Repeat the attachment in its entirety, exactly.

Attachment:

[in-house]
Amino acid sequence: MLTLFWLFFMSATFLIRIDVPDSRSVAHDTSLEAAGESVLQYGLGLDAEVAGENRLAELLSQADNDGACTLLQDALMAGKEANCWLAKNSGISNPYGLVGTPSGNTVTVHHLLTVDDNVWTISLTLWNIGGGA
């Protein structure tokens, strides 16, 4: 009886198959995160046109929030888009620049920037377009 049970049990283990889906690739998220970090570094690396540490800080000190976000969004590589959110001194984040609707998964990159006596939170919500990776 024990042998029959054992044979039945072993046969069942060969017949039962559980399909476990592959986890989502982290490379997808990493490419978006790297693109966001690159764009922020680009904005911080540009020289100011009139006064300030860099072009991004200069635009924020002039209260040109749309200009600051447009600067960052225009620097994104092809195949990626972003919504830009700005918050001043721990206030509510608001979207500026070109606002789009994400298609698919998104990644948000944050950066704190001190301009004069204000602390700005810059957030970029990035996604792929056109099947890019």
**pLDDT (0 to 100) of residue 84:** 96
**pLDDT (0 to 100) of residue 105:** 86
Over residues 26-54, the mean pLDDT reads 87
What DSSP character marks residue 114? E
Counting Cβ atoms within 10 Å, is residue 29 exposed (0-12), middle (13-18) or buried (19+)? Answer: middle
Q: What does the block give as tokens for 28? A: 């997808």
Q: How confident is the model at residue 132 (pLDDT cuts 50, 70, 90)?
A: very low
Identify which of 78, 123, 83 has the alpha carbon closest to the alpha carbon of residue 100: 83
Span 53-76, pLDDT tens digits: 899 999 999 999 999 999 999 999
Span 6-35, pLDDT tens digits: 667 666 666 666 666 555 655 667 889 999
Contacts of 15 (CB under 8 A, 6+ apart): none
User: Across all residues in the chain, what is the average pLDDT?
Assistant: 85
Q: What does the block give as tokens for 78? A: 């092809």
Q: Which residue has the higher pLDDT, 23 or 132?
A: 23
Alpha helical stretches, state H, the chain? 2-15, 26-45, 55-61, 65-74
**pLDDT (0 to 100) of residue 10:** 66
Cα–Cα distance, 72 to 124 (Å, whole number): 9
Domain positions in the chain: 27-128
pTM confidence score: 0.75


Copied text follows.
[in-house]
Amino acid sequence: MLTLFWLFFMSATFLIRIDVPDSRSVAHDTSLEAAGESVLQYGLGLDAEVAGENRLAELLSQADNDGACTLLQDALMAGKEANCWLAKNSGISNPYGLVGTPSGNTVTVHHLLTVDDNVWTISLTLWNIGGGA
């Protein structure tokens, strides 16, 4: 009886198959995160046109929030888009620049920037377009 049970049990283990889906690739998220970090570094690396540490800080000190976000969004590589959110001194984040609707998964990159006596939170919500990776 024990042998029959054992044979039945072993046969069942060969017949039962559980399909476990592959986890989502982290490379997808990493490419978006790297693109966001690159764009922020680009904005911080540009020289100011009139006064300030860099072009991004200069635009924020002039209260040109749309200009600051447009600067960052225009620097994104092809195949990626972003919504830009700005918050001043721990206030509510608001979207500026070109606002789009994400298609698919998104990644948000944050950066704190001190301009004069204000602390700005810059957030970029990035996604792929056109099947890019």
**pLDDT (0 to 100) of residue 84:** 96
**pLDDT (0 to 100) of residue 105:** 86
Over residues 26-54, the mean pLDDT reads 87
What DSSP character marks residue 114? E
Counting Cβ atoms within 10 Å, is residue 29 exposed (0-12), middle (13-18) or buried (19+)? Answer: middle
Q: What does the block give as tokens for 28? A: 């997808």
Q: How confident is the model at residue 132 (pLDDT cuts 50, 70, 90)?
A: very low
Identify which of 78, 123, 83 has the alpha carbon closest to the alpha carbon of residue 100: 83
Span 53-76, pLDDT tens digits: 899 999 999 999 999 999 999 999
Span 6-35, pLDDT tens digits: 667 666 666 666 666 555 655 667 889 999
Contacts of 15 (CB under 8 A, 6+ apart): none
User: Across all residues in the chain, what is the average pLDDT?
Assistant: 85
Q: What does the block give as tokens for 78? A: 């092809």
Q: Which residue has the higher pLDDT, 23 or 132?
A: 23
Alpha helical stretches, state H, the chain? 2-15, 26-45, 55-61, 65-74
**pLDDT (0 to 100) of residue 10:** 66
Cα–Cα distance, 72 to 124 (Å, whole number): 9
Domain positions in the chain: 27-128
pTM confidence score: 0.75